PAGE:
S/V Hello World's Travel Log

black box

In software, we have this notion of a "black box". A black box is some chunk of code - either an entire system or a single component - that has understood inputs and understood outputs but no one knows of anyone else who has the slightest whiff of a clue how the damned thing works. "I push this button here and data comes out over there." Nobody likes to crack open black box code. The best thing that could happen is that it will break and never work again. Towards the worst end of the spectrum? Centipedes could crawl out.

When I started this whole boat thing two years ago, boats were these massive floating black boxes. Push that button, switch the lever, turn that key, honk the horn and the pointy end goes forward. Wave to the pretty girl on the dock and hand me a beer. Zincs? Impellers?! Galvanic fer-christsakes corrosion? It sounded like someone speaking pig-latin. In Mandarin.

I started reading about boats. Everything I could get my hands on - books, blog posts, sailing forums. I would devour people's stories and advice as gospel. I would Google words I didn't understand (as an aside, if you type 'define' in front of a word in a Google search, Google will try to define the word for you - cool, huh?) I once downloaded a service manual for a Yanmar diesel engine and read it cover to cover. Slow day at work, that one. Over time, a funny thing happened. The boat black box didn't disappear. Rather, it dissovled into smaller and more granular black boxes. The mystery was still there, all over the boat. But it kept retreating into smaller and smaller spaces.

What started out as our noise-makey-go-forward-rumblebox has evolved into the Yanmar 4JH2E marine diesel engine. It's a naturally aspirated engine, freshwater cooled with a raw-water heat exchanger. Better yet, I understand all of those words. Christy and I have been taking a Marine Diesel Maintenance class at Seattle Maritime Academy that's really lifted the veil off the diesel engine. While the instructor is a tadbit socially challenged (read: cranky-ass boat engineer), he's done a great job teaching us the components. We've yanked out injectors, pressure-tested them, put them in wrong. We've bled fuel lines, re-attached exhaust manifolds and all manner of disassembling and re-assembling pieces and parts. The engine started out as a noisy, smelly black box. Now, we see it as set of interconnected systems. Much of those systems are themselves black boxes. I still don't entirely understand how high pressure fuel pumps meter fuel. Which is fine with me, the inner workings of a high pressure fuel pump is an acceptable level of mystery. But the important stuff - lubrication, fuel systems, air, cooling - all make sense.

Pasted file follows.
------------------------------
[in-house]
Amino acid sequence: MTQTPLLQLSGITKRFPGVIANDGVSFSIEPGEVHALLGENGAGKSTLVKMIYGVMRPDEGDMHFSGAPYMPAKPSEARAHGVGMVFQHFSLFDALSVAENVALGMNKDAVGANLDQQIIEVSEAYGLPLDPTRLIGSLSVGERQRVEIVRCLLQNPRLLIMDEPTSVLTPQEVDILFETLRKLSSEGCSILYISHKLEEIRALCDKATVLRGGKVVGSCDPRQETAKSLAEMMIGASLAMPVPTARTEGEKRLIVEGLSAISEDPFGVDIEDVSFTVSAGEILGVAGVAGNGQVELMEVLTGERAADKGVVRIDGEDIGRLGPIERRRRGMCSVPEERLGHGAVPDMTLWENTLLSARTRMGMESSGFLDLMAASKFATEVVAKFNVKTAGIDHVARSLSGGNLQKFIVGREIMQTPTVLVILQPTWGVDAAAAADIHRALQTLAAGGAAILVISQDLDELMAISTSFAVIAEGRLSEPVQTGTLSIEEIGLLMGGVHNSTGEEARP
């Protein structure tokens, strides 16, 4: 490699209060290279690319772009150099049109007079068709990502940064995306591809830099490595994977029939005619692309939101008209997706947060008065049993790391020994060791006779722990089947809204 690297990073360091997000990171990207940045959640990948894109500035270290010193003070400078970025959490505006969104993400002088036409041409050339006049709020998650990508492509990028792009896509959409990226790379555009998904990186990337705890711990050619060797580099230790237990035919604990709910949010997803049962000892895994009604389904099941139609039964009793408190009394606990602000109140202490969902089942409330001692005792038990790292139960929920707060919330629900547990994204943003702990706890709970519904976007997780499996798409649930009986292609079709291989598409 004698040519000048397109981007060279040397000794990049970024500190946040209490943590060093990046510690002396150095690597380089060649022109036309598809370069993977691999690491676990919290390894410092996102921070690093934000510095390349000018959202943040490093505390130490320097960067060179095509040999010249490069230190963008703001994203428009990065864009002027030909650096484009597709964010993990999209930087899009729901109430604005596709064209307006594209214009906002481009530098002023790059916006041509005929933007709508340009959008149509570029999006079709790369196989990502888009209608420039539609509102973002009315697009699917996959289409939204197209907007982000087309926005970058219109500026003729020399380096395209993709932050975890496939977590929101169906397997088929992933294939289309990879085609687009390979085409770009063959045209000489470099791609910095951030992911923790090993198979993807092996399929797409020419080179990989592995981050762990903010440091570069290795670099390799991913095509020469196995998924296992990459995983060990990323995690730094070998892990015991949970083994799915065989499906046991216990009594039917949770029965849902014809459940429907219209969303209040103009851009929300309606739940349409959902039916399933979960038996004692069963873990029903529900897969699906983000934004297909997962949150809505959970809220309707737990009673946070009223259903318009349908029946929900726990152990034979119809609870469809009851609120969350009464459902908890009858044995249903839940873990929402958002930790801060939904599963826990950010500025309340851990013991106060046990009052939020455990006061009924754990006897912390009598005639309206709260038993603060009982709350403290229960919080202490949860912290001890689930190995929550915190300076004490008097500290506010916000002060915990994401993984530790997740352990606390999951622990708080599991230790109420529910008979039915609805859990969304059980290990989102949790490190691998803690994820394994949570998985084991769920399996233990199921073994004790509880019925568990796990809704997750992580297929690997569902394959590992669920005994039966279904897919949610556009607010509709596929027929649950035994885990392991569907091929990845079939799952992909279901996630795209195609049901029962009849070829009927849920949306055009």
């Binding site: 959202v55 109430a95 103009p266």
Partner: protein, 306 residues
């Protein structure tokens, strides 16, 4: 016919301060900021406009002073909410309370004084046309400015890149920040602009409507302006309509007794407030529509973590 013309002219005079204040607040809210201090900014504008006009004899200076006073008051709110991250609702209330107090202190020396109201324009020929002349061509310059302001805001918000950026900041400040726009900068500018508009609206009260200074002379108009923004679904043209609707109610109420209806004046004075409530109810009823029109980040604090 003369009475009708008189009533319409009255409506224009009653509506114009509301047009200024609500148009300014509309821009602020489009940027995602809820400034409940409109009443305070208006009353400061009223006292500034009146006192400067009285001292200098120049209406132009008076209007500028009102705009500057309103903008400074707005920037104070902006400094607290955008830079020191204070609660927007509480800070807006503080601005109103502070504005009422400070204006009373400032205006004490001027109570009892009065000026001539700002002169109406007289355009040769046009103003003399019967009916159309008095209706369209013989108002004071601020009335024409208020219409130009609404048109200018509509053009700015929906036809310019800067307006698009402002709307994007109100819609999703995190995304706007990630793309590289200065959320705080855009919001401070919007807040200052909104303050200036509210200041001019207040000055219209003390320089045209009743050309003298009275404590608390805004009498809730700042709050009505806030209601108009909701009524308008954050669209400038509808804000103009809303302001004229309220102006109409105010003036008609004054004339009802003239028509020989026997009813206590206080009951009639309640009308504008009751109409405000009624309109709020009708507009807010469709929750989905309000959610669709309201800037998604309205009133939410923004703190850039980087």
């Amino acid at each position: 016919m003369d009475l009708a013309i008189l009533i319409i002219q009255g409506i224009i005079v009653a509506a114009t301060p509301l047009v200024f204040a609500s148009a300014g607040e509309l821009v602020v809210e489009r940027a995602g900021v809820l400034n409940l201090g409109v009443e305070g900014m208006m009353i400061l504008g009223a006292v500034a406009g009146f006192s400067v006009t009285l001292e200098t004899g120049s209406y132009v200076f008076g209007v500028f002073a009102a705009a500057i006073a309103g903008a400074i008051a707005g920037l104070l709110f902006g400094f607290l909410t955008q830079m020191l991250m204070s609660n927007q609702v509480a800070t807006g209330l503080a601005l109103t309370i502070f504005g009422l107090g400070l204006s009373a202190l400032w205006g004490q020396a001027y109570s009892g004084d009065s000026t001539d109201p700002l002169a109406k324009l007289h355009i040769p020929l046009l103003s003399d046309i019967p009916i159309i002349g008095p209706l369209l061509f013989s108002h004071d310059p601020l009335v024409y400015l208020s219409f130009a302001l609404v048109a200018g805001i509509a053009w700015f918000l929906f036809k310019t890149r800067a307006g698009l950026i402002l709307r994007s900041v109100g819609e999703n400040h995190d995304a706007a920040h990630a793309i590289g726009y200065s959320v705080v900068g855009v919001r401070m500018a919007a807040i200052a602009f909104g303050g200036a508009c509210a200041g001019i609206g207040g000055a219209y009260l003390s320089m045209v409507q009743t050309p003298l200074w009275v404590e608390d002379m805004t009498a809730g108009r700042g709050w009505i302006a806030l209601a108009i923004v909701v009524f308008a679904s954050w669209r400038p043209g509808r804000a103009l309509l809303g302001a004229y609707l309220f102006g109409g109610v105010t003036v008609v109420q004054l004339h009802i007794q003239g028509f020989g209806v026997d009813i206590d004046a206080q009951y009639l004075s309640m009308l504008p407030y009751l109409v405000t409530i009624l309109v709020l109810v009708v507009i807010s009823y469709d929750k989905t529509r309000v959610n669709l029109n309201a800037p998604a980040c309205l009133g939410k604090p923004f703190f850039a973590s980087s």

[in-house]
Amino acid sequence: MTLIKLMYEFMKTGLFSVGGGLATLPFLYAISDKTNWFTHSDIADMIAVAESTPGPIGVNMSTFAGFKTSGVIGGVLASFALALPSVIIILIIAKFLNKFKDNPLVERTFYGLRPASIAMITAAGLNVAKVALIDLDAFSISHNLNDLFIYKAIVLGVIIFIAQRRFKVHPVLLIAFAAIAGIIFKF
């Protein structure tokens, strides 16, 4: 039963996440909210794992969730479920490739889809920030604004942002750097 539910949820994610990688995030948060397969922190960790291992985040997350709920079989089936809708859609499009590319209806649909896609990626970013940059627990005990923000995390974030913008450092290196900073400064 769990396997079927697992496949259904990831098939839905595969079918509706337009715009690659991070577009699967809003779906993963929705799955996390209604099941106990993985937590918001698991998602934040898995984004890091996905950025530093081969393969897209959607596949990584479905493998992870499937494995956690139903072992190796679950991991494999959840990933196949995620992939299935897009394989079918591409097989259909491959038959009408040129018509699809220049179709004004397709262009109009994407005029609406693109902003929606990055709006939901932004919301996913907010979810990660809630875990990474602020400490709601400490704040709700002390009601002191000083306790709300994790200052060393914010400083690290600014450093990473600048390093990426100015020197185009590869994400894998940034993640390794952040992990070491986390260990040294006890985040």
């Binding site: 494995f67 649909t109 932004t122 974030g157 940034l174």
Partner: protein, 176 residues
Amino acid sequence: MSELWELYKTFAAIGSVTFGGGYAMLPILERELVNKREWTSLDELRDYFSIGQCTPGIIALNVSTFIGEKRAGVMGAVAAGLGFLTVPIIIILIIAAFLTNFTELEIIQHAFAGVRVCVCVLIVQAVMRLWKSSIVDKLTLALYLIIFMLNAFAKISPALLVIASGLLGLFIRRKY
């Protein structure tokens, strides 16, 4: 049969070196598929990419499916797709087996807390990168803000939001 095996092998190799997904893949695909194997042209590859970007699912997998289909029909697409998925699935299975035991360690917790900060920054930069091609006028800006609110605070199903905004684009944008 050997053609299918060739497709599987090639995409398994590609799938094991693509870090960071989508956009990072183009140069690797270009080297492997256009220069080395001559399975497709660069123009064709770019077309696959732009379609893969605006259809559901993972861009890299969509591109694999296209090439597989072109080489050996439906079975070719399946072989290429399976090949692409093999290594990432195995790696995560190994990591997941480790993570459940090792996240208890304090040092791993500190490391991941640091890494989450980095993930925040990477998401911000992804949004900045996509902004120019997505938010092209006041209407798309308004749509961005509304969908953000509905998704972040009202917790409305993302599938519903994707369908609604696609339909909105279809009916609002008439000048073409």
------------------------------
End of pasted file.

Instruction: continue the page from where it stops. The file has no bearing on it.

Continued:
We've also been taking a Marine Electrics class at the same place if for no other reason than to find out why electricity has four different units of measurement. That's been bugging me for years. We've learned how to crimp wires, solder, design circuits, and diagram existing circuits. We've had cut wires dangling from our mast since we stepped it in September because the labels fell off telling us which wire belonged to which other wire. Now, we have a shiny multimeter and the knowledge of how to use it to test whether a circuit closes.

I know there's a few people out there that are intimidated by the amount on knowledge required to take on this life-on-a-boat thing. Because I was (am) one of them. Just know that if this is something you really want to do, you do have the capacity to learn this stuff. And until you do, when you talk about the white-flappy-wind-use-go-forward-ma-boppers, at least I'll know what you're talking about.


Lee Winters said...

Well said. I've still got a few black boxes. Like why my water maker won't make water. It literally is a black box I now get to open up. Get out here. You are going to love it.


Jason said...

Water maker is a black box for me, too, although less so after I pickled it last weekend. If yours happens to be a Village Marine, I pass by their store every day on the way home from work. If you need me to pick up parts for ya and ship 'em out I'd be glad to. Just gimme a shout.

Dude, I can't wait. Until then, I'm living vicariously through your blog. I'm super excited to see you out there and gettin' after it. May 14th is our stake in the sand to get outa here.